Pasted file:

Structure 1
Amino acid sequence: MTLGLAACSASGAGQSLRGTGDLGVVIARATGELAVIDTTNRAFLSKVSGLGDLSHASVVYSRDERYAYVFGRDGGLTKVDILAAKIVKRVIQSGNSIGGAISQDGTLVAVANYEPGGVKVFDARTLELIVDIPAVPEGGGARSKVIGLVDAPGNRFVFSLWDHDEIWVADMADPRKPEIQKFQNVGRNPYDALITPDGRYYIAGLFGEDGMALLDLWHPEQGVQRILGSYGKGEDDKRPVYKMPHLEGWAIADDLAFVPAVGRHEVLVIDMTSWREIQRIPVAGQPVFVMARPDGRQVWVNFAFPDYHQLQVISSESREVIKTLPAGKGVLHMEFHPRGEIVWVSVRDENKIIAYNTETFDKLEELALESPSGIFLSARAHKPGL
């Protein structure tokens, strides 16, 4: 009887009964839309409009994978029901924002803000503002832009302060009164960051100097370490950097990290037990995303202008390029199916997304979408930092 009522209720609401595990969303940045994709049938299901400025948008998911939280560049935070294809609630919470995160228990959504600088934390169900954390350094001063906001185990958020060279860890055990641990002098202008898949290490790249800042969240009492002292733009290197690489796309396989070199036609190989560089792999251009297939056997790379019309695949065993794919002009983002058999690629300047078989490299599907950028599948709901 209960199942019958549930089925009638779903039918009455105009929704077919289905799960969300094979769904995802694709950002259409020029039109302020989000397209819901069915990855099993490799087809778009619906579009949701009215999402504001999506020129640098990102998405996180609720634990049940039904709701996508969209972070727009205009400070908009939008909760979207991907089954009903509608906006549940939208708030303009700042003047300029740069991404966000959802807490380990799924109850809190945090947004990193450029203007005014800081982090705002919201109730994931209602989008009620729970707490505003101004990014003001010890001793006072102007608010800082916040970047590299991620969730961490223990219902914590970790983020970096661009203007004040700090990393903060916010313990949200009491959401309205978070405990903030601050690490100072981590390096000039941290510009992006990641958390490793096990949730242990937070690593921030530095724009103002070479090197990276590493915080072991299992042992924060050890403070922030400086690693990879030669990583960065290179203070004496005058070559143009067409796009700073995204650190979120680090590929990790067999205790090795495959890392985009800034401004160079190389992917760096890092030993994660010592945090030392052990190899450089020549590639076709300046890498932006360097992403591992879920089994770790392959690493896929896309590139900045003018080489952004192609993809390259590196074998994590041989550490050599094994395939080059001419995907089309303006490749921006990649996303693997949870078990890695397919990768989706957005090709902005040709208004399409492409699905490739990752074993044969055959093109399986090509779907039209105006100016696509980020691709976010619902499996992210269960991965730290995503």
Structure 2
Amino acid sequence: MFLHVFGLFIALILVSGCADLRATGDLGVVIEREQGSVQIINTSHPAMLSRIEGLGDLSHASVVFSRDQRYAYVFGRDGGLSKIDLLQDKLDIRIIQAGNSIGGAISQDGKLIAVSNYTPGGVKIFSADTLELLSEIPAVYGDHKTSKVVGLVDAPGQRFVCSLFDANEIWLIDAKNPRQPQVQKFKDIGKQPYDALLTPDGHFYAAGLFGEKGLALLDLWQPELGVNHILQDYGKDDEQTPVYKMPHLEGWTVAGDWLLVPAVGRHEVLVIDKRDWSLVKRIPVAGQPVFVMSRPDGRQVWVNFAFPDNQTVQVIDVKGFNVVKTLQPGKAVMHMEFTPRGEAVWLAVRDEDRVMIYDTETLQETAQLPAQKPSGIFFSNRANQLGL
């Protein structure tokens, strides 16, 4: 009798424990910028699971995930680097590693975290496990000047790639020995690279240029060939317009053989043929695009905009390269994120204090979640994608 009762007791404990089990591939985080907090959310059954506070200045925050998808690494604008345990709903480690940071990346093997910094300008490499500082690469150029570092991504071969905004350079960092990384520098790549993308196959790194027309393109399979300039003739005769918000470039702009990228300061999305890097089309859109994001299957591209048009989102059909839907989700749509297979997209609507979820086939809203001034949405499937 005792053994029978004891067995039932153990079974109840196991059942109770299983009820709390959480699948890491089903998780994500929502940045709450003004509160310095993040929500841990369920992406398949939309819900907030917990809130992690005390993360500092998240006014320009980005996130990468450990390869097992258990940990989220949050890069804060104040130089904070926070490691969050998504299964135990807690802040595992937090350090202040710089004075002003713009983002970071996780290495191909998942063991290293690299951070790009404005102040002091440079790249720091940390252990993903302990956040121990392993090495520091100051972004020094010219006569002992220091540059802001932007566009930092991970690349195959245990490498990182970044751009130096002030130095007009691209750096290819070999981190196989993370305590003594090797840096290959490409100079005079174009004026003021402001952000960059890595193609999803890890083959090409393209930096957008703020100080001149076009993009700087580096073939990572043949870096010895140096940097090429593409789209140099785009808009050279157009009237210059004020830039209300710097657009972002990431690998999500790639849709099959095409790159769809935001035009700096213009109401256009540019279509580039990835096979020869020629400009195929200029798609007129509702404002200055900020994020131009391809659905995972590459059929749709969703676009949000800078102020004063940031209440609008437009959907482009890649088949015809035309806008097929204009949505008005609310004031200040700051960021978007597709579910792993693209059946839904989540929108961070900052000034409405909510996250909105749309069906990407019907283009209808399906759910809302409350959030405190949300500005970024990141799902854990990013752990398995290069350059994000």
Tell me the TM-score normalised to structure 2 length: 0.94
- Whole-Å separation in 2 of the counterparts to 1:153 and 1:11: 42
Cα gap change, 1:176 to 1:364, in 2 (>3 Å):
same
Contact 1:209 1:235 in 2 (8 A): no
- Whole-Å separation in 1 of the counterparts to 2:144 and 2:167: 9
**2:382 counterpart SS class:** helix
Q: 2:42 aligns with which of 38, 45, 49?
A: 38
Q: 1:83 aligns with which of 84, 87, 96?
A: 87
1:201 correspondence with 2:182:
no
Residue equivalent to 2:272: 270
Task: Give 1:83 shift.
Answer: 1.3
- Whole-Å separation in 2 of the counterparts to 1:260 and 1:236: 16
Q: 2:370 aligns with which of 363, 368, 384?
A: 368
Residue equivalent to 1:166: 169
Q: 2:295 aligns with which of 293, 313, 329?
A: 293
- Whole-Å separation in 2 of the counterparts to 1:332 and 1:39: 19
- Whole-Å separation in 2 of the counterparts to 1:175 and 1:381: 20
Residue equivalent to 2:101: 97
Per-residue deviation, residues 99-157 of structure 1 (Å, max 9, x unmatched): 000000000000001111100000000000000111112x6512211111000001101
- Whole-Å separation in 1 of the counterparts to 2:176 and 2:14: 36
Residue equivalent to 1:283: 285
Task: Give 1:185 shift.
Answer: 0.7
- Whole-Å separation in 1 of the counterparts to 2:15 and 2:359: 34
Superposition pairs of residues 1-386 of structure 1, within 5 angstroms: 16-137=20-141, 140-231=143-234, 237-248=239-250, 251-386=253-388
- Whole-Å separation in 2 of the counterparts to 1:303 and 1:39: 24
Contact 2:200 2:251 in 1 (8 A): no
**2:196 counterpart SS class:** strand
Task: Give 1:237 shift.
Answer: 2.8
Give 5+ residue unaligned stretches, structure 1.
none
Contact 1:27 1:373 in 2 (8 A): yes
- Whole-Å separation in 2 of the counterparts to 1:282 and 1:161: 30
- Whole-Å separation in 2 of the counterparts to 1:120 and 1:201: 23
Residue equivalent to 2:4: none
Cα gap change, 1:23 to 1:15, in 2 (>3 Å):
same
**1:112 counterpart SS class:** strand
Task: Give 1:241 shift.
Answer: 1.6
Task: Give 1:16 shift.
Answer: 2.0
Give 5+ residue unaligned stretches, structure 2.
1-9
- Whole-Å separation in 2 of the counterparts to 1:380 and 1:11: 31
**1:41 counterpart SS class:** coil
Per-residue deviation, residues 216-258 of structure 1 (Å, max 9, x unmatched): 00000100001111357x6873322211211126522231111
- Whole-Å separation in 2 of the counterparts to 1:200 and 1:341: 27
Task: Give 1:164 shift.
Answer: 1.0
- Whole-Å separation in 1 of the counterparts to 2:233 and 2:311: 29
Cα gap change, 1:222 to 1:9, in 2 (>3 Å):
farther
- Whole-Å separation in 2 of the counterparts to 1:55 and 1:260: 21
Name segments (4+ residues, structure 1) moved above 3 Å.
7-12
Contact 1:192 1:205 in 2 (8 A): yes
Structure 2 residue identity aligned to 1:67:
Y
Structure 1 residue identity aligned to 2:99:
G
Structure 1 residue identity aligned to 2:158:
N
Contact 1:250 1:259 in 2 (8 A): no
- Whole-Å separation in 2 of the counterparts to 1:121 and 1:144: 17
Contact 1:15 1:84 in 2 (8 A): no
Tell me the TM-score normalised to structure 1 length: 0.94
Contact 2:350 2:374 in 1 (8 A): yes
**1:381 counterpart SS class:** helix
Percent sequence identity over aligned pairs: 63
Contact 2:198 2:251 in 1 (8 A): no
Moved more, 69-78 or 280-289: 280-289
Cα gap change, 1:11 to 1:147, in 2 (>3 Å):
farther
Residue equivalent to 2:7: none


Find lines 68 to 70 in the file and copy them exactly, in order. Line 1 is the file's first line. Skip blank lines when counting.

- Whole-Å separation in 2 of the counterparts to 1:55 and 1:260: 21
Name segments (4+ residues, structure 1) moved above 3 Å.
7-12